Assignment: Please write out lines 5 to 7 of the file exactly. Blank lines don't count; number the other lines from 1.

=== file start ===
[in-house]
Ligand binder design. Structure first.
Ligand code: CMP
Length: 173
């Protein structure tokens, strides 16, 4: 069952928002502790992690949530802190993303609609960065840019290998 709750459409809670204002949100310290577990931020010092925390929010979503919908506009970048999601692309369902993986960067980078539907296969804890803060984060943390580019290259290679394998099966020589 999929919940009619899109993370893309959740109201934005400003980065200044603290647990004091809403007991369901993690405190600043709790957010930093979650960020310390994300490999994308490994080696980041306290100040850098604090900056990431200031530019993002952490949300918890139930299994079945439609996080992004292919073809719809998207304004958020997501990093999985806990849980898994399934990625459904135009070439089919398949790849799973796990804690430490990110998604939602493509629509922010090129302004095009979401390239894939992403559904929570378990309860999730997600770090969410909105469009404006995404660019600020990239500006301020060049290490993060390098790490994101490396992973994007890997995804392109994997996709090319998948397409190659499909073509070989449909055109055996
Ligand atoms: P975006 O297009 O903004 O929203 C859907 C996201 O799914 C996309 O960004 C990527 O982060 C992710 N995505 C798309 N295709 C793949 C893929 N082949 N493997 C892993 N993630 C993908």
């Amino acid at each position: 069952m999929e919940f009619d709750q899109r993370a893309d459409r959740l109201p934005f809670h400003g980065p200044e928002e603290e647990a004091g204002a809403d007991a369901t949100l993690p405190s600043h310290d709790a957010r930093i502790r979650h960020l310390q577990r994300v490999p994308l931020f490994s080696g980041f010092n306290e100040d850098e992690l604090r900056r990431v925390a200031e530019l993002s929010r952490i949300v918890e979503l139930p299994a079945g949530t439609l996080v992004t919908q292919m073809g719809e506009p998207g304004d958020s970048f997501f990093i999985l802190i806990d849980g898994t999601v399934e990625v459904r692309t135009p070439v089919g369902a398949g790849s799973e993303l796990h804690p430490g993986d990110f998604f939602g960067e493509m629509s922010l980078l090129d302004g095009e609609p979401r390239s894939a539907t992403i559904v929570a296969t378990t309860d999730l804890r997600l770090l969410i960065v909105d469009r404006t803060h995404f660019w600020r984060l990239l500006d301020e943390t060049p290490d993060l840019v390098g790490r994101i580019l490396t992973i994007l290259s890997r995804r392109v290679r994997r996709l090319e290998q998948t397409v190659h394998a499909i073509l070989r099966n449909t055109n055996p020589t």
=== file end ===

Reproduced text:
């Protein structure tokens, strides 16, 4: 069952928002502790992690949530802190993303609609960065840019290998 709750459409809670204002949100310290577990931020010092925390929010979503919908506009970048999601692309369902993986960067980078539907296969804890803060984060943390580019290259290679394998099966020589 999929919940009619899109993370893309959740109201934005400003980065200044603290647990004091809403007991369901993690405190600043709790957010930093979650960020310390994300490999994308490994080696980041306290100040850098604090900056990431200031530019993002952490949300918890139930299994079945439609996080992004292919073809719809998207304004958020997501990093999985806990849980898994399934990625459904135009070439089919398949790849799973796990804690430490990110998604939602493509629509922010090129302004095009979401390239894939992403559904929570378990309860999730997600770090969410909105469009404006995404660019600020990239500006301020060049290490993060390098790490994101490396992973994007890997995804392109994997996709090319998948397409190659499909073509070989449909055109055996
Ligand atoms: P975006 O297009 O903004 O929203 C859907 C996201 O799914 C996309 O960004 C990527 O982060 C992710 N995505 C798309 N295709 C793949 C893929 N082949 N493997 C892993 N993630 C993908």
């Amino acid at each position: 069952m999929e919940f009619d709750q899109r993370a893309d459409r959740l109201p934005f809670h400003g980065p200044e928002e603290e647990a004091g204002a809403d007991a369901t949100l993690p405190s600043h310290d709790a957010r930093i502790r979650h960020l310390q577990r994300v490999p994308l931020f490994s080696g980041f010092n306290e100040d850098e992690l604090r900056r990431v925390a200031e530019l993002s929010r952490i949300v918890e979503l139930p299994a079945g949530t439609l996080v992004t919908q292919m073809g719809e506009p998207g304004d958020s970048f997501f990093i999985l802190i806990d849980g898994t999601v399934e990625v459904r692309t135009p070439v089919g369902a398949g790849s799973e993303l796990h804690p430490g993986d990110f998604f939602g960067e493509m629509s922010l980078l090129d302004g095009e609609p979401r390239s894939a539907t992403i559904v929570a296969t378990t309860d999730l804890r997600l770090l969410i960065v909105d469009r404006t803060h995404f660019w600020r984060l990239l500006d301020e943390t060049p290490d993060l840019v390098g790490r994101i580019l490396t992973i994007l290259s890997r995804r392109v290679r994997r996709l090319e290998q998948t397409v190659h394998a499909i073509l070989r099966n449909t055109n055996p020589t």